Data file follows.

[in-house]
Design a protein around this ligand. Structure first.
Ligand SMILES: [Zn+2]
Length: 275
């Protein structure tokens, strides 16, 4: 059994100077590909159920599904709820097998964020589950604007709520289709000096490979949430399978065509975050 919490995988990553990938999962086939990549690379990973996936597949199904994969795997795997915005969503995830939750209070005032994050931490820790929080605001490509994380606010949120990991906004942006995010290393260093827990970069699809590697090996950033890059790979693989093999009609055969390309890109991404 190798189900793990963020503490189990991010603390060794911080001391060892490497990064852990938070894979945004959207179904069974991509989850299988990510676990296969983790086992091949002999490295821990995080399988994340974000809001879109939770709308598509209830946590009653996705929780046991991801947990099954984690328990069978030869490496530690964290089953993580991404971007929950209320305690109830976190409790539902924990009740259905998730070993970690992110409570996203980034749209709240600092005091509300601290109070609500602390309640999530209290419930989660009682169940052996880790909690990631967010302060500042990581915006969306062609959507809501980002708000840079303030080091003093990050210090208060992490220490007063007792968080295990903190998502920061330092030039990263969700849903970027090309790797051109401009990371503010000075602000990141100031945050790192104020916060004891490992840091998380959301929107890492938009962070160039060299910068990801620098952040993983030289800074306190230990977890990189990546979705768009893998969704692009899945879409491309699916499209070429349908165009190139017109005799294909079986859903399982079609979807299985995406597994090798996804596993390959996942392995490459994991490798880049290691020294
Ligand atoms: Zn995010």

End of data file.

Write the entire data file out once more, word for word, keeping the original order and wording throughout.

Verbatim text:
[in-house]
Design a protein around this ligand. Structure first.
Ligand SMILES: [Zn+2]
Length: 275
């Protein structure tokens, strides 16, 4: 059994100077590909159920599904709820097998964020589950604007709520289709000096490979949430399978065509975050 919490995988990553990938999962086939990549690379990973996936597949199904994969795997795997915005969503995830939750209070005032994050931490820790929080605001490509994380606010949120990991906004942006995010290393260093827990970069699809590697090996950033890059790979693989093999009609055969390309890109991404 190798189900793990963020503490189990991010603390060794911080001391060892490497990064852990938070894979945004959207179904069974991509989850299988990510676990296969983790086992091949002999490295821990995080399988994340974000809001879109939770709308598509209830946590009653996705929780046991991801947990099954984690328990069978030869490496530690964290089953993580991404971007929950209320305690109830976190409790539902924990009740259905998730070993970690992110409570996203980034749209709240600092005091509300601290109070609500602390309640999530209290419930989660009682169940052996880790909690990631967010302060500042990581915006969306062609959507809501980002708000840079303030080091003093990050210090208060992490220490007063007792968080295990903190998502920061330092030039990263969700849903970027090309790797051109401009990371503010000075602000990141100031945050790192104020916060004891490992840091998380959301929107890492938009962070160039060299910068990801620098952040993983030289800074306190230990977890990189990546979705768009893998969704692009899945879409491309699916499209070429349908165009190139017109005799294909079986859903399982079609979807299985995406597994090798996804596993390959996942392995490459994991490798880049290691020294
Ligand atoms: Zn995010």